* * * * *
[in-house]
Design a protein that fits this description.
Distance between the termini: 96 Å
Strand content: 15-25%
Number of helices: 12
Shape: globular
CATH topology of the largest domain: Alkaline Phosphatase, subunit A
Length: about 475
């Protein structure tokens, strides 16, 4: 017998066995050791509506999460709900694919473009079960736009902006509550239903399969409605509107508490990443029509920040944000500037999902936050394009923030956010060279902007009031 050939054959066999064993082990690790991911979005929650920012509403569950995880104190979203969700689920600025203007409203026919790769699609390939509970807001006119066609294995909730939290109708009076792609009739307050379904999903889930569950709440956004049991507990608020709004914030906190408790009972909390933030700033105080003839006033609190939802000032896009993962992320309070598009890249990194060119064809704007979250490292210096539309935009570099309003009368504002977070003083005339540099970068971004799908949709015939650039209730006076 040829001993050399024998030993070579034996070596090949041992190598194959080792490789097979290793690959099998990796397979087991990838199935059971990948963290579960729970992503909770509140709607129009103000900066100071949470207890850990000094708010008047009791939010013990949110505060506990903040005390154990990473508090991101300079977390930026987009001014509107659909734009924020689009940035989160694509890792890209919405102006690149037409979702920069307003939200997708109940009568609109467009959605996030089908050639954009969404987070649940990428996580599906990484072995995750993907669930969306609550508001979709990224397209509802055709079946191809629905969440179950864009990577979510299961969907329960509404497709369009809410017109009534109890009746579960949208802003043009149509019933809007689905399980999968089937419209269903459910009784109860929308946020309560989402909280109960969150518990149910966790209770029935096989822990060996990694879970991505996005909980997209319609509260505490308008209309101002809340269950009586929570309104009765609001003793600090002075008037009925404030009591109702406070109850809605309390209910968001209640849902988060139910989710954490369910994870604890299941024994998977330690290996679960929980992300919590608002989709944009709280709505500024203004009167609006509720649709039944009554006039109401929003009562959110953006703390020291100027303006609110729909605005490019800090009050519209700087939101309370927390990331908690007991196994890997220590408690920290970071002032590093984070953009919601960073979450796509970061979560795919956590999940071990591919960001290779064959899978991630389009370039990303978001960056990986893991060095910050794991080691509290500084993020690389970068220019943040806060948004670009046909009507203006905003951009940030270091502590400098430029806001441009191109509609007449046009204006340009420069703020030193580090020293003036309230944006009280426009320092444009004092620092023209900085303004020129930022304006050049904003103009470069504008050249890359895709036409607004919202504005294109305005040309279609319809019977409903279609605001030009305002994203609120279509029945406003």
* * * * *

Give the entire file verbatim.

[in-house]
Design a protein that fits this description.
Distance between the termini: 96 Å
Strand content: 15-25%
Number of helices: 12
Shape: globular
CATH topology of the largest domain: Alkaline Phosphatase, subunit A
Length: about 475
């Protein structure tokens, strides 16, 4: 017998066995050791509506999460709900694919473009079960736009902006509550239903399969409605509107508490990443029509920040944000500037999902936050394009923030956010060279902007009031 050939054959066999064993082990690790991911979005929650920012509403569950995880104190979203969700689920600025203007409203026919790769699609390939509970807001006119066609294995909730939290109708009076792609009739307050379904999903889930569950709440956004049991507990608020709004914030906190408790009972909390933030700033105080003839006033609190939802000032896009993962992320309070598009890249990194060119064809704007979250490292210096539309935009570099309003009368504002977070003083005339540099970068971004799908949709015939650039209730006076 040829001993050399024998030993070579034996070596090949041992190598194959080792490789097979290793690959099998990796397979087991990838199935059971990948963290579960729970992503909770509140709607129009103000900066100071949470207890850990000094708010008047009791939010013990949110505060506990903040005390154990990473508090991101300079977390930026987009001014509107659909734009924020689009940035989160694509890792890209919405102006690149037409979702920069307003939200997708109940009568609109467009959605996030089908050639954009969404987070649940990428996580599906990484072995995750993907669930969306609550508001979709990224397209509802055709079946191809629905969440179950864009990577979510299961969907329960509404497709369009809410017109009534109890009746579960949208802003043009149509019933809007689905399980999968089937419209269903459910009784109860929308946020309560989402909280109960969150518990149910966790209770029935096989822990060996990694879970991505996005909980997209319609509260505490308008209309101002809340269950009586929570309104009765609001003793600090002075008037009925404030009591109702406070109850809605309390209910968001209640849902988060139910989710954490369910994870604890299941024994998977330690290996679960929980992300919590608002989709944009709280709505500024203004009167609006509720649709039944009554006039109401929003009562959110953006703390020291100027303006609110729909605005490019800090009050519209700087939101309370927390990331908690007991196994890997220590408690920290970071002032590093984070953009919601960073979450796509970061979560795919956590999940071990591919960001290779064959899978991630389009370039990303978001960056990986893991060095910050794991080691509290500084993020690389970068220019943040806060948004670009046909009507203006905003951009940030270091502590400098430029806001441009191109509609007449046009204006340009420069703020030193580090020293003036309230944006009280426009320092444009004092620092023209900085303004020129930022304006050049904003103009470069504008050249890359895709036409607004919202504005294109305005040309279609319809019977409903279609605001030009305002994203609120279509029945406003």